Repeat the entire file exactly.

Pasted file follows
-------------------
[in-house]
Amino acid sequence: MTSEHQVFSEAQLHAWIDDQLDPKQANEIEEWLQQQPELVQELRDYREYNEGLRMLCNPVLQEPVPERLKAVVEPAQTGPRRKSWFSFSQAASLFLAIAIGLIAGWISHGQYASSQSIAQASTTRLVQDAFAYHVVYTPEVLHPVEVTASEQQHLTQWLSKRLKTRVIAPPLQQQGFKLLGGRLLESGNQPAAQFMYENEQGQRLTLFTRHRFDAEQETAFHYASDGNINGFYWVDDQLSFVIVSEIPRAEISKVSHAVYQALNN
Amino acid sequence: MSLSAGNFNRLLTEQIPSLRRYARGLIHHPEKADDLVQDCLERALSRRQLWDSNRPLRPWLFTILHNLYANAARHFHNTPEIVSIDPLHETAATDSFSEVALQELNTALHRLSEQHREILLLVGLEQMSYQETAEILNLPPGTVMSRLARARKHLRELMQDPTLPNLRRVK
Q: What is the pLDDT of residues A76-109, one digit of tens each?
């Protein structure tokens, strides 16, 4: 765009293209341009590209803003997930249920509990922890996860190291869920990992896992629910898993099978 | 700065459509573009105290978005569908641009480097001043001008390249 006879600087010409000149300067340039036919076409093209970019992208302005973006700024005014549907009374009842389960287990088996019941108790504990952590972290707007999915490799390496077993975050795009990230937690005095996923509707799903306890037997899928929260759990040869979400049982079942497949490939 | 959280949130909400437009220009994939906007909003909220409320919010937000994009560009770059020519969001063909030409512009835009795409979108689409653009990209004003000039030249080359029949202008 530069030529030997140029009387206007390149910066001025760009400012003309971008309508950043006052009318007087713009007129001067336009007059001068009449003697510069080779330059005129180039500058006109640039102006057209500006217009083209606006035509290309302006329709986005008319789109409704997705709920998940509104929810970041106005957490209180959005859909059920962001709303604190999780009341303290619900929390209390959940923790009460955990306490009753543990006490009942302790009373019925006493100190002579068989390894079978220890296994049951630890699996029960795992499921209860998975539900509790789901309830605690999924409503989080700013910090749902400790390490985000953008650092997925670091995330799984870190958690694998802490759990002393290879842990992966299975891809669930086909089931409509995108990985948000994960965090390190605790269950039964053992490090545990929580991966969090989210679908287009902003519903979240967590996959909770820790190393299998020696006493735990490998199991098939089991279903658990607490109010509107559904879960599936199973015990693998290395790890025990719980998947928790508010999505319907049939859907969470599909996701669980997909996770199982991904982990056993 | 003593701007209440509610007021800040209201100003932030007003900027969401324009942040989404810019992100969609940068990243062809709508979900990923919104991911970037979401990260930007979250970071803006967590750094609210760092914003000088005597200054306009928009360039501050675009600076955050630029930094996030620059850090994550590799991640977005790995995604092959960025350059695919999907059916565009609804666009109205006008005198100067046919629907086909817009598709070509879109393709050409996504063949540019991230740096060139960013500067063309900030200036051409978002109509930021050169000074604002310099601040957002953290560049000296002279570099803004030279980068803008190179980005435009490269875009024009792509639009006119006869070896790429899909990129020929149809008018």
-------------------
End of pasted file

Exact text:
[in-house]
Amino acid sequence: MTSEHQVFSEAQLHAWIDDQLDPKQANEIEEWLQQQPELVQELRDYREYNEGLRMLCNPVLQEPVPERLKAVVEPAQTGPRRKSWFSFSQAASLFLAIAIGLIAGWISHGQYASSQSIAQASTTRLVQDAFAYHVVYTPEVLHPVEVTASEQQHLTQWLSKRLKTRVIAPPLQQQGFKLLGGRLLESGNQPAAQFMYENEQGQRLTLFTRHRFDAEQETAFHYASDGNINGFYWVDDQLSFVIVSEIPRAEISKVSHAVYQALNN
Amino acid sequence: MSLSAGNFNRLLTEQIPSLRRYARGLIHHPEKADDLVQDCLERALSRRQLWDSNRPLRPWLFTILHNLYANAARHFHNTPEIVSIDPLHETAATDSFSEVALQELNTALHRLSEQHREILLLVGLEQMSYQETAEILNLPPGTVMSRLARARKHLRELMQDPTLPNLRRVK
Q: What is the pLDDT of residues A76-109, one digit of tens each?
């Protein structure tokens, strides 16, 4: 765009293209341009590209803003997930249920509990922890996860190291869920990992896992629910898993099978 | 700065459509573009105290978005569908641009480097001043001008390249 006879600087010409000149300067340039036919076409093209970019992208302005973006700024005014549907009374009842389960287990088996019941108790504990952590972290707007999915490799390496077993975050795009990230937690005095996923509707799903306890037997899928929260759990040869979400049982079942497949490939 | 959280949130909400437009220009994939906007909003909220409320919010937000994009560009770059020519969001063909030409512009835009795409979108689409653009990209004003000039030249080359029949202008 530069030529030997140029009387206007390149910066001025760009400012003309971008309508950043006052009318007087713009007129001067336009007059001068009449003697510069080779330059005129180039500058006109640039102006057209500006217009083209606006035509290309302006329709986005008319789109409704997705709920998940509104929810970041106005957490209180959005859909059920962001709303604190999780009341303290619900929390209390959940923790009460955990306490009753543990006490009942302790009373019925006493100190002579068989390894079978220890296994049951630890699996029960795992499921209860998975539900509790789901309830605690999924409503989080700013910090749902400790390490985000953008650092997925670091995330799984870190958690694998802490759990002393290879842990992966299975891809669930086909089931409509995108990985948000994960965090390190605790269950039964053992490090545990929580991966969090989210679908287009902003519903979240967590996959909770820790190393299998020696006493735990490998199991098939089991279903658990607490109010509107559904879960599936199973015990693998290395790890025990719980998947928790508010999505319907049939859907969470599909996701669980997909996770199982991904982990056993 | 003593701007209440509610007021800040209201100003932030007003900027969401324009942040989404810019992100969609940068990243062809709508979900990923919104991911970037979401990260930007979250970071803006967590750094609210760092914003000088005597200054306009928009360039501050675009600076955050630029930094996030620059850090994550590799991640977005790995995604092959960025350059695919999907059916565009609804666009109205006008005198100067046919629907086909817009598709070509879109393709050409996504063949540019991230740096060139960013500067063309900030200036051409978002109509930021050169000074604002310099601040957002953290560049000296002279570099803004030279980068803008190179980005435009490269875009024009792509639009006119006869070896790429899909990129020929149809008018």